A competent court took cognizance of chargesheet/prosecution complaint and posted the case at a particular stage of proceedings/trial. However, on the said date of hearing, the accused in that case is not produced from judicial custody, due to some unavoidable reason. In that situation, can it be said that there will be a break in the custody? The Delhi High Court has answered this question in a recent judgment.

The court said that in such a situation, if the court issues production warrant against the said accused and the case is posted for the next date of hearing, the custody of accused is continuum and there is no “break” in the custody of such an accused.

"The position, however, will be different when, the accused is not produced before such a Court on the date of hearing and no production warrant is issued for the said accused on the same date of hearing but is issued subsequently. In such a situation, the custody of the accused will not be in continuum and for the break period, it may be illegal.",he Bench comprising Justice Suresh Kumar Kait and Justice Shalinder Kaur observed.

Senior Advocate Sidharth Aggarwal appeared for the Petitioner. Standing Counsel Anurag Ahluwalia with Government Prosecutor Shivam Sachdeva, Special Counsel Zoheb Hossain and Special Public Prosecutors Simon Benjamin and Manish Jain appeared for the Union.

Three habeas corpus petitions were filed before the High Court, all related to an Enforcement Case Information Report (ECIR) concerning the alleged unlawful detention of the Petitioners in Tihar Jail. The primary issue was the absence of a judicial order remanding the Petitioners to judicial custody, as mandated by Section 167 of the Code of Criminal Procedure, 1973 (CrPC). The background revealed that the Directorate initiated the ECIR under the Prevention of Money Laundering Act, 2002 (PMLA), based on accusations of money laundering (Section 3, punishable under Section 4 of PMLA) linked to a scheduled offence under the Indian Penal Code, 1860 (IPC).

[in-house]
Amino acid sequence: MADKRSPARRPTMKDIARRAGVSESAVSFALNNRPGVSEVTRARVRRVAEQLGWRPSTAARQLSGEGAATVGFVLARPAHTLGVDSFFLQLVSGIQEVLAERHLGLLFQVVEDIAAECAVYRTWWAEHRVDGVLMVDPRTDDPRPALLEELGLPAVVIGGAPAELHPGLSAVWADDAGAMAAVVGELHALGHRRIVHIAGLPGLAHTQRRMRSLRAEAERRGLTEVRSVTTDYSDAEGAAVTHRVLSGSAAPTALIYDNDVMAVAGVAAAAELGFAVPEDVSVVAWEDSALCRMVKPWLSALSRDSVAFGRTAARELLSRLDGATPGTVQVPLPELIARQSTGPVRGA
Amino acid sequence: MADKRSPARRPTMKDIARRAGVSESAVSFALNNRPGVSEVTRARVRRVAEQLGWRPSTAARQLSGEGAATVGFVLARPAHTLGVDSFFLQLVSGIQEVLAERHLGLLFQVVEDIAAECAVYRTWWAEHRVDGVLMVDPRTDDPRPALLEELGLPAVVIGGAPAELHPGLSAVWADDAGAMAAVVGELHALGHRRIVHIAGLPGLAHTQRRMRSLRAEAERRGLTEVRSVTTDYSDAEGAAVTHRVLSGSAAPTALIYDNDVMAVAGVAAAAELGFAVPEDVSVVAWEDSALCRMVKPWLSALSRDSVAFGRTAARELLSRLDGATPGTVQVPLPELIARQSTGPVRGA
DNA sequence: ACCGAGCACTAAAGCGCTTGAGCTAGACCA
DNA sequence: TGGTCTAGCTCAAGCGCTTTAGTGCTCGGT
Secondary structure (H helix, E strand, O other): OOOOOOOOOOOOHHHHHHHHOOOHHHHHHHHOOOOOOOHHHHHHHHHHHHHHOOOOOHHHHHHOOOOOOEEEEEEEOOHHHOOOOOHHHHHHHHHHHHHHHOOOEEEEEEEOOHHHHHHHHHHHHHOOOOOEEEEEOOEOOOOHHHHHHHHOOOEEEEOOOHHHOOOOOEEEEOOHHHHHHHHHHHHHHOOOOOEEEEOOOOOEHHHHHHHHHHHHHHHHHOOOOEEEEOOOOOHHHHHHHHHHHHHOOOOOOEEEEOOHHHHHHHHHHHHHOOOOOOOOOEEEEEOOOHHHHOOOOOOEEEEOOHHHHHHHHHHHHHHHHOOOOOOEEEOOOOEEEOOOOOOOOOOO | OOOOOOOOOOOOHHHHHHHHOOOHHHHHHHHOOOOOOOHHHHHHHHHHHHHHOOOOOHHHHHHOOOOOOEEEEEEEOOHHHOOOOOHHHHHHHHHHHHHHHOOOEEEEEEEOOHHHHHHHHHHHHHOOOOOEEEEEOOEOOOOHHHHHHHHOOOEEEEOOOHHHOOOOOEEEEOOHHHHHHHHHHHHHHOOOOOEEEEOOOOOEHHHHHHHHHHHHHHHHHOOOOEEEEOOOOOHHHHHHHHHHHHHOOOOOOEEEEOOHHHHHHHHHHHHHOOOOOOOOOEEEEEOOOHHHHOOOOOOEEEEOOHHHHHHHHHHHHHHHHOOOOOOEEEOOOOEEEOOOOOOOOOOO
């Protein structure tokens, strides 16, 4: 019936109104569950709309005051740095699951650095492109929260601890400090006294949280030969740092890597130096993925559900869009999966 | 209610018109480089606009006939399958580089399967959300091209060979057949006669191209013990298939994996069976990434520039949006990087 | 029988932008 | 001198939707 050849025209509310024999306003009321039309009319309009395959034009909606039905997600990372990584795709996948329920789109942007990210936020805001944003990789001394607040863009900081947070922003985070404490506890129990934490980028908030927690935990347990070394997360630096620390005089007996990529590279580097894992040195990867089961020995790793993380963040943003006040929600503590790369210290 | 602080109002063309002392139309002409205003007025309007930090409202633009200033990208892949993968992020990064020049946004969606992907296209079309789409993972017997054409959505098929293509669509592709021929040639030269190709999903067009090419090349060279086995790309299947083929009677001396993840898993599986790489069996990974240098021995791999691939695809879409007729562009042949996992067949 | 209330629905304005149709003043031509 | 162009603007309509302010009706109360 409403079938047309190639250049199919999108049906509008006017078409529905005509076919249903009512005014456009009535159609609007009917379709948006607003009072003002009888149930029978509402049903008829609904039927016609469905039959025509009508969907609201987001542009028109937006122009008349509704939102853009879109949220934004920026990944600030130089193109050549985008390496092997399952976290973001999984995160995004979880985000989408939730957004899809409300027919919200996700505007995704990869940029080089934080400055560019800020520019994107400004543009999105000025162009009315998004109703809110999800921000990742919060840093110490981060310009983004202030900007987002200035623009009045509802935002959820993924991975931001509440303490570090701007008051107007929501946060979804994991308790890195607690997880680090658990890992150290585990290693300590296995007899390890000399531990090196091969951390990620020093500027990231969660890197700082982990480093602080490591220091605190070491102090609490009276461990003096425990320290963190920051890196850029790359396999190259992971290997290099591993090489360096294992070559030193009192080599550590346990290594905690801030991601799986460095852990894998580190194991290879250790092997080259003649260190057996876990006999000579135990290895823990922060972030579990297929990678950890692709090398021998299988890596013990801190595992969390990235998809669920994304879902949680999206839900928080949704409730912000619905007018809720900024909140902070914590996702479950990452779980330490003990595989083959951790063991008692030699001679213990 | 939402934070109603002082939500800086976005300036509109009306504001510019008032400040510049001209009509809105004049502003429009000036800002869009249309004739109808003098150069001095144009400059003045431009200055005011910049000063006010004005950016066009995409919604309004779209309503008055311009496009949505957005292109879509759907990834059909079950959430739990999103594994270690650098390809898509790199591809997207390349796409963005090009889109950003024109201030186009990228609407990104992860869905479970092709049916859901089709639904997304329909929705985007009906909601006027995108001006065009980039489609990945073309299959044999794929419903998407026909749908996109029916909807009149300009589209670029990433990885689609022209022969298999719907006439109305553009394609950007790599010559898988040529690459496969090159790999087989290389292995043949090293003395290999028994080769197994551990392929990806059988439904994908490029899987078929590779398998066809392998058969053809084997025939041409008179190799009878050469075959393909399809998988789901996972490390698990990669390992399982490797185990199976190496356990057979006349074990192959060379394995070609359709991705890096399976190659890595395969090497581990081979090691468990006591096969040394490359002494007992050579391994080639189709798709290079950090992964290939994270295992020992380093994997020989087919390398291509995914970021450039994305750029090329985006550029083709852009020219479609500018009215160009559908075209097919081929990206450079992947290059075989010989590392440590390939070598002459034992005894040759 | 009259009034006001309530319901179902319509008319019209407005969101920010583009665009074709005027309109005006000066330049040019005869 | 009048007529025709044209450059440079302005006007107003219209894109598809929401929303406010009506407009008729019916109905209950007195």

The Petitioners sought directions against the Union (Respondents) to produce them, order their immediate release from illegal detention, and declare the Petitioners' custody as arbitrary and illegal.

The Court observed the extraordinary nature of a writ of habeas corpus, typically reserved for cases of illegal confinement violating personal liberty. While emphasizing that an order of remand is generally a judicial function and not subject to habeas corpus challenges, the Court noted exceptions for mechanically or casually issued remand orders. The Court underscored the need for custody adherence to the law, citing Article 21 of the Constitution.

Regarding the power of remand under CrPC, the Bench observed the initial vesting of this power during the investigation stage, with custody remand under Section 309 of CrPC applicable post-investigation. Notably, the Bench scrutinized the order indicating the absence of physical presence of petitioners, emphasizing no written order was issued.